Ralph Hotere

Aotearoa New Zealand, b.1931, d.2013
Te Aupōuri, Muriwhenua, Māori

Te Whiti drawing-painting

  • 1972
  • Acrylic and ink on paper
  • William A Sutton bequest, 2000
  • Reproduced by permission of the Hotere Foundation Trust
  • 731 x 528mm
  • 2000/22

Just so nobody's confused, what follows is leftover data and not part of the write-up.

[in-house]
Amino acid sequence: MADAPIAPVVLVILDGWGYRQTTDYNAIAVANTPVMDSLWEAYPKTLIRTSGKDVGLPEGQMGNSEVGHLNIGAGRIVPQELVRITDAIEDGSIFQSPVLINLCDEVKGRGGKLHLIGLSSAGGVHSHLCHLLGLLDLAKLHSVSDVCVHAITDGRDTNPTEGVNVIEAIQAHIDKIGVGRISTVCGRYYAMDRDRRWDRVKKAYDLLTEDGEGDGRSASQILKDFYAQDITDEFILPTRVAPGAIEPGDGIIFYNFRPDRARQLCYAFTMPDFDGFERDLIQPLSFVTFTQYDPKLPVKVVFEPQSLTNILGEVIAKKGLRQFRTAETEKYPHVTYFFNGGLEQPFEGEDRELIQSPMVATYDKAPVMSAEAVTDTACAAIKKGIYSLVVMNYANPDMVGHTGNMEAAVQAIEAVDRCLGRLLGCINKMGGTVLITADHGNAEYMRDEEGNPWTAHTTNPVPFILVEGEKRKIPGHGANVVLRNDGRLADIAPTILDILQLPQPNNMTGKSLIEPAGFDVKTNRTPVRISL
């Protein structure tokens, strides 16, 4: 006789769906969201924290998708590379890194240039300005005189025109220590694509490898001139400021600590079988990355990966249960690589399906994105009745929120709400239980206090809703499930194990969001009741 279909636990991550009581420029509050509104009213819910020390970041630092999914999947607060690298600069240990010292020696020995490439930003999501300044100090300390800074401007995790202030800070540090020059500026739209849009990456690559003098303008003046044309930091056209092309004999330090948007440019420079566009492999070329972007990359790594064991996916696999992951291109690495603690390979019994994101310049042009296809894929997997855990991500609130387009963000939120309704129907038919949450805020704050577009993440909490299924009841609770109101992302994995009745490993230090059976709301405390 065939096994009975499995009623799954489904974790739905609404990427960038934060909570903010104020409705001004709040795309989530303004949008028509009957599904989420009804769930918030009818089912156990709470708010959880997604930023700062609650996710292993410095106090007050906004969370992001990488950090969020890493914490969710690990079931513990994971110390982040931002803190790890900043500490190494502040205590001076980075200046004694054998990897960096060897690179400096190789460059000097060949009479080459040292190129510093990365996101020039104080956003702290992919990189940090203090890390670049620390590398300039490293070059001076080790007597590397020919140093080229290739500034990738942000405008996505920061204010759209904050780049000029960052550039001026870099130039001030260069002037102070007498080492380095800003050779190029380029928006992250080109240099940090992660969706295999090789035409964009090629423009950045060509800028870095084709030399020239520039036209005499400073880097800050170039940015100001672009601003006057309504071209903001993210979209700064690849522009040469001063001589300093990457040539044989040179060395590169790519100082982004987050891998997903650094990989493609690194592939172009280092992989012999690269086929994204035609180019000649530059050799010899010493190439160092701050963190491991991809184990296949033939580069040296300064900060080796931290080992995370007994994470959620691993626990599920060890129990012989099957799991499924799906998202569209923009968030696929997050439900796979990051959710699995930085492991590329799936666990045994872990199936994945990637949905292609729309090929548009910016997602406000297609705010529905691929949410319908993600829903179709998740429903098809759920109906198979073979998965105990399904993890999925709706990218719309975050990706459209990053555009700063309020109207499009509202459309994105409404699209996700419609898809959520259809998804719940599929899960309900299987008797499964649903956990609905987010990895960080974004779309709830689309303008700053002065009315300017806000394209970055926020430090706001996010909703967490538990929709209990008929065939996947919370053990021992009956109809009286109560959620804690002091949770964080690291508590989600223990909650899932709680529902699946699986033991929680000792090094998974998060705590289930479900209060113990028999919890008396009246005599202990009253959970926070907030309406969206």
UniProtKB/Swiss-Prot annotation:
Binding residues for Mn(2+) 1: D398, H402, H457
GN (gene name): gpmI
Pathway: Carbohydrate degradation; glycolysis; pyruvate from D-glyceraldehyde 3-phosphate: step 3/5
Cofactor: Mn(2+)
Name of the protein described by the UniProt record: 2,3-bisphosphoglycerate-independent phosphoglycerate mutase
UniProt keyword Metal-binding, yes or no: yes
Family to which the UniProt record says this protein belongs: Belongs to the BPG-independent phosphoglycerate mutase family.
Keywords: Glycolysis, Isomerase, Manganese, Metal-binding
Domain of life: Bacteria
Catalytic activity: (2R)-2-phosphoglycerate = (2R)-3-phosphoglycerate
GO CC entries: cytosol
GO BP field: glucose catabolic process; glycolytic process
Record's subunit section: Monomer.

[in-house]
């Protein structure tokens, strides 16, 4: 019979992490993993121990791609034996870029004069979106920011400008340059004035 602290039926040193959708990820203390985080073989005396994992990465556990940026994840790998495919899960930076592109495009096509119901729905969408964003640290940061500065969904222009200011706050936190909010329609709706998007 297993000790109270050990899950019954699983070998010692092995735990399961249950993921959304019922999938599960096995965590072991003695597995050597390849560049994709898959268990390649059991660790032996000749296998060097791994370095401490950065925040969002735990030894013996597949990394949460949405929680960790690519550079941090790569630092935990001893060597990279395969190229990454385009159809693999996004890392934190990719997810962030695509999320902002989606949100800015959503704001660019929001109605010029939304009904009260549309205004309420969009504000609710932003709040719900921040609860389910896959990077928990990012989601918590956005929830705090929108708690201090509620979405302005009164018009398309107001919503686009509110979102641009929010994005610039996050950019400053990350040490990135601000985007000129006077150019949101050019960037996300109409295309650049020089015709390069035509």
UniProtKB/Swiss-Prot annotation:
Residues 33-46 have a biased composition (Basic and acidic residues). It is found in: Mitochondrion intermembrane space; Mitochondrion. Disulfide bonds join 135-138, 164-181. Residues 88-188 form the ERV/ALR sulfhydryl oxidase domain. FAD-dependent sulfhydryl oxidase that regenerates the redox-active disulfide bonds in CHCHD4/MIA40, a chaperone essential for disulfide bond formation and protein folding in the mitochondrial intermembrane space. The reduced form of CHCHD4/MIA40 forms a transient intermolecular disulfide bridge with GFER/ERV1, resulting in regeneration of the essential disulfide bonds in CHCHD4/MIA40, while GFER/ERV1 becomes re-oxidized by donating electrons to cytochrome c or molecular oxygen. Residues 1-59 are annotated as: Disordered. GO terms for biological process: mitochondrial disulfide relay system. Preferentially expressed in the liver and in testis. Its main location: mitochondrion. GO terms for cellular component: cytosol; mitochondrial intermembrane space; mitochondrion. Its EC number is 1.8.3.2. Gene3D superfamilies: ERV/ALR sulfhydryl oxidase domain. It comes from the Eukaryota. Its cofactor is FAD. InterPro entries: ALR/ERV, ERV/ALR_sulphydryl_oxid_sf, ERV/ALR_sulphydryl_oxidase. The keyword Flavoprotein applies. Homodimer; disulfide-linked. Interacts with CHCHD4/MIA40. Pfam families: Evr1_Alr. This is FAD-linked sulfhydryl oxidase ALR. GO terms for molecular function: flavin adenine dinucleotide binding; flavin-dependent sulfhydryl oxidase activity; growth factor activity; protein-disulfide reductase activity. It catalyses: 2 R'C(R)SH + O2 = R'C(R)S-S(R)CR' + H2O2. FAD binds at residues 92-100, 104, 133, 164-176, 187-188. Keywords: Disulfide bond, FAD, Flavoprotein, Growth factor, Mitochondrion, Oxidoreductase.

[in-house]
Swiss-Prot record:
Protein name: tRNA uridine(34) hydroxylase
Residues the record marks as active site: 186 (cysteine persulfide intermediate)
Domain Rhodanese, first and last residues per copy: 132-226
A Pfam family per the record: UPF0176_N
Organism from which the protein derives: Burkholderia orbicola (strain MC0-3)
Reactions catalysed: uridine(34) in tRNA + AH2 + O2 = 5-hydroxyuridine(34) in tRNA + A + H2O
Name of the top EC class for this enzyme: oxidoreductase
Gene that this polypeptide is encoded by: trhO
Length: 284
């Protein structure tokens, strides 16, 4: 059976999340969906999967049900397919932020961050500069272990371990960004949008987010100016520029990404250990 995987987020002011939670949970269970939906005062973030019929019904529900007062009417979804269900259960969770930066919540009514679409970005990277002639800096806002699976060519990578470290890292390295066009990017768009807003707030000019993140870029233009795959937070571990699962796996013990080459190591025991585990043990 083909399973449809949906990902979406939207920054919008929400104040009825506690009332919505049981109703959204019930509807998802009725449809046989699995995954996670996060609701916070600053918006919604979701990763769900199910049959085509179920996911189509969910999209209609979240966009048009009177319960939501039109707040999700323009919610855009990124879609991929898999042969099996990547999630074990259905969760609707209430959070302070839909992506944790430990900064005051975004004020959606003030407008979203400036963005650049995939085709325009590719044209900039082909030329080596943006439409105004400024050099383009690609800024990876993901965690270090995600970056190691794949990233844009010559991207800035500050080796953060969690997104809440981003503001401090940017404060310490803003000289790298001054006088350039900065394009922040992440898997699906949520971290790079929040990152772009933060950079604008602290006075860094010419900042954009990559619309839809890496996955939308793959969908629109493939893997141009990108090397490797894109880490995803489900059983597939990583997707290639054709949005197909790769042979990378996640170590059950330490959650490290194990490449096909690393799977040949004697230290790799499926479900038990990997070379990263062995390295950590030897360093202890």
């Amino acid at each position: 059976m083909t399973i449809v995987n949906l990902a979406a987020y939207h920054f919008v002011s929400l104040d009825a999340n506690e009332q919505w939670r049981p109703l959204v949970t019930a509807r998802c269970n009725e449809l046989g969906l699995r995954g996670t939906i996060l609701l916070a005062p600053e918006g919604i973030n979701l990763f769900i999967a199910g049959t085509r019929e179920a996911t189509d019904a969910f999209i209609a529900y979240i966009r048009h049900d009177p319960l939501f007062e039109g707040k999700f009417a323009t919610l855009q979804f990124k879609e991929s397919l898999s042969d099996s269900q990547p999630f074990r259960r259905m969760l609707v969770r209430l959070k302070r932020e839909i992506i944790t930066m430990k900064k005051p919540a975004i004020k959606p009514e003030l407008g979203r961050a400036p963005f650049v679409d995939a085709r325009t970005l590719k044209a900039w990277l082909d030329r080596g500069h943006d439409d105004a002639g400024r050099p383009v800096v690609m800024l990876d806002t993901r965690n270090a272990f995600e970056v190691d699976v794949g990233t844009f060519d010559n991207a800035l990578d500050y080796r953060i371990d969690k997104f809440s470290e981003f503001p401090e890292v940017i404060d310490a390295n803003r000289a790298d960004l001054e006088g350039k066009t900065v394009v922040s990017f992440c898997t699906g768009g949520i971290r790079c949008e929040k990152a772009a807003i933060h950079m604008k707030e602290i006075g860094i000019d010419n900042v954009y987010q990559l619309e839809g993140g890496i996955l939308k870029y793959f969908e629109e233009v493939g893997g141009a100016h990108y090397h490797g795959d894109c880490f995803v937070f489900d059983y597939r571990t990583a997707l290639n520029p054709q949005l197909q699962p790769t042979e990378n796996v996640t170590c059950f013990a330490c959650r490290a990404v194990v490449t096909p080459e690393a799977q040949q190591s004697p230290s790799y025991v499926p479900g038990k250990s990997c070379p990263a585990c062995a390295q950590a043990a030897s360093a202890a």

Ralph Hotere began using text in his paintings during the early 1960s, and it has since become an important element in his work. His ‘Te Whiti Series’ of the early 1970s, which includes text from a wide range of sources, relates to issues surrounding Pakeha confiscation of Māori land. Te Whiti drawing-painting incorporates a Māori lament that refers to the First Taranaki War and the ensuing confiscation of Te Atiawa land at Waitara by the colonial government in 1860. Te Whiti-o-Rongomai was an Atiawa leader and prophet. Hotere (Aupouri) was born in Taikarawa, in Northland. A New Zealand Art Societies’ Fellowship Scholarship in 1961 enabled him to travel to London to study at the Central School of Art. He also travelled extensively throughout Europe. Hotere returned to New Zealand in 1965, and from 1969 was based in Dunedin. His work dealt with environmental issues, politics, poetry, religion, colonialism and racism. In 2003 the Arts Foundation of New Zealand listed him as an inaugural Icon Artist.